All your bases belong to Televisa
(Apologies to Aguachile … who had every right to object to my initial description of his (and other commentator’s) response to the events last February. Corrections in italics— my reply to his comment in the “comments” section.)
From Aguachile last Thursday:
The director of the MVS Comunicaciones media group, whose TV concession provides a rare alternative to Mexico’s electronic media duopoly dominated by the infamous Televisa and TV Azteca, has confirmed what many has suspected: The PAN government of Felipe Calderón has launched a political attack on the station.
The government’s decision to put up MVS’s concession claiming that it is under-utilizing its 2.5 GHz bandwidth appears only to have been an excuse, as MVS head Joaquín Vargas Guajardo confirmed that the government told him its license would only be renewed if he fired the renowned investigative journalist Carmen Aristegui, as well as to desist from an earlier MVS complaint against a proposed Televisa purchase of Iusacell, a cell phone provider.
Aristegui, one of the most respected journalists in Latin America (and in the hemisphere as a whole) was fired in February of this year for reporting on wide-spread and long-standing reports that Felipe Calderón had a problem with alcohol.
There was some surprising support (from Aguachile among others) for firing Even among those normally critical of the administration, many (like Aguachile) saw Ms. Aristegui’s reportage as unfair and unwarranted rumor mongering, which made it understandable that a “mainstream” news organization would fire her. But public demand supposedly led to her reinstatement. However, if the claims by Joaquín Vargas that he was told by Calderón’s Labor Secretary, Javier Lozano, that his company’s broadband access permits were “fucked” if the journalist was reinstated, are true, then it appears that MVS was indeed taking it’s role as an independent media source seriously.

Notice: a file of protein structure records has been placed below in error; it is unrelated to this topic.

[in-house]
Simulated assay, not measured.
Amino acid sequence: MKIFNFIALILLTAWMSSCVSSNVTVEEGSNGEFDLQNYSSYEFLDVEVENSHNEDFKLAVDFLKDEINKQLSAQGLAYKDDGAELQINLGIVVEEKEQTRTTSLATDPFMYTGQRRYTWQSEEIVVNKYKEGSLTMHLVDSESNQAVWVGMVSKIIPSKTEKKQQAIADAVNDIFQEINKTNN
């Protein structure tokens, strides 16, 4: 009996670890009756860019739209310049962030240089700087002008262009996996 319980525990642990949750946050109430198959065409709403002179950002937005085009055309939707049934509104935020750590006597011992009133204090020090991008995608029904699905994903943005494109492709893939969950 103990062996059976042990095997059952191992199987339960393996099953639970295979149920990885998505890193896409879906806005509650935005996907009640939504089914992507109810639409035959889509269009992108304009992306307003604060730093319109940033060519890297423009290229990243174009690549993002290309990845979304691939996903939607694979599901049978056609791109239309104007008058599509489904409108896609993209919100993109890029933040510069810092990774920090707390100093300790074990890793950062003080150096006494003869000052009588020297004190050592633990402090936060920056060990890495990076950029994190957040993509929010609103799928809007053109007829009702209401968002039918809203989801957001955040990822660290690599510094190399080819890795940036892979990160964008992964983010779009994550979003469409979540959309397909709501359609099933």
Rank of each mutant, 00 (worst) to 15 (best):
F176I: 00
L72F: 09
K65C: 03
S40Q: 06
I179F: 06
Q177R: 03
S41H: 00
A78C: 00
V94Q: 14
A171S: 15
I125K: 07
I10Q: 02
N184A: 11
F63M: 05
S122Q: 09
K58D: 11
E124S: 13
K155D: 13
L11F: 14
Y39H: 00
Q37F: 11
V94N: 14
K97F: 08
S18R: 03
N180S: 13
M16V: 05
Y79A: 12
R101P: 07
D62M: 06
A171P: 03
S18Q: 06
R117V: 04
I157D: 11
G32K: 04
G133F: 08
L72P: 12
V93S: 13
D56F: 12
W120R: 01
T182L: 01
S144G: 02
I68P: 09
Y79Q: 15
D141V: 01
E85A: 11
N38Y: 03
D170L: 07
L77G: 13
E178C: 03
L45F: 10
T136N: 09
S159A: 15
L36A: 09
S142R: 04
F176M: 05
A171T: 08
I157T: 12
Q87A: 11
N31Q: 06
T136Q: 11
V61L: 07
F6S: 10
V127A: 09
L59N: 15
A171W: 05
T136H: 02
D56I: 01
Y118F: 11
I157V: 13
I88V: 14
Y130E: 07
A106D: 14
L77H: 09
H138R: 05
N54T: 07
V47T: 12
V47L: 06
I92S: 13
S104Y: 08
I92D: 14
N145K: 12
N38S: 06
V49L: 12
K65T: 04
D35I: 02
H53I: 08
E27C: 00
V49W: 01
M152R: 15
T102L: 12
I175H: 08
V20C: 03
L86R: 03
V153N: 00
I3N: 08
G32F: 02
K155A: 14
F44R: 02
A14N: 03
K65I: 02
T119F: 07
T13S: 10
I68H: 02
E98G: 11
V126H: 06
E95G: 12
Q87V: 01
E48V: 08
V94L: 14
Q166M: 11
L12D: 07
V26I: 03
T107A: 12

At one point, the Calderón Administration was making big noises about breaking up monopolies — though it then proceeded to forcibly liquidate the union owned electric company LyFC and turn its assets over to the semi-privatived CFE and to force both Carlos Slim’s various companies and MVS to make concessions designed to strengthen Televisa’s position in the media market.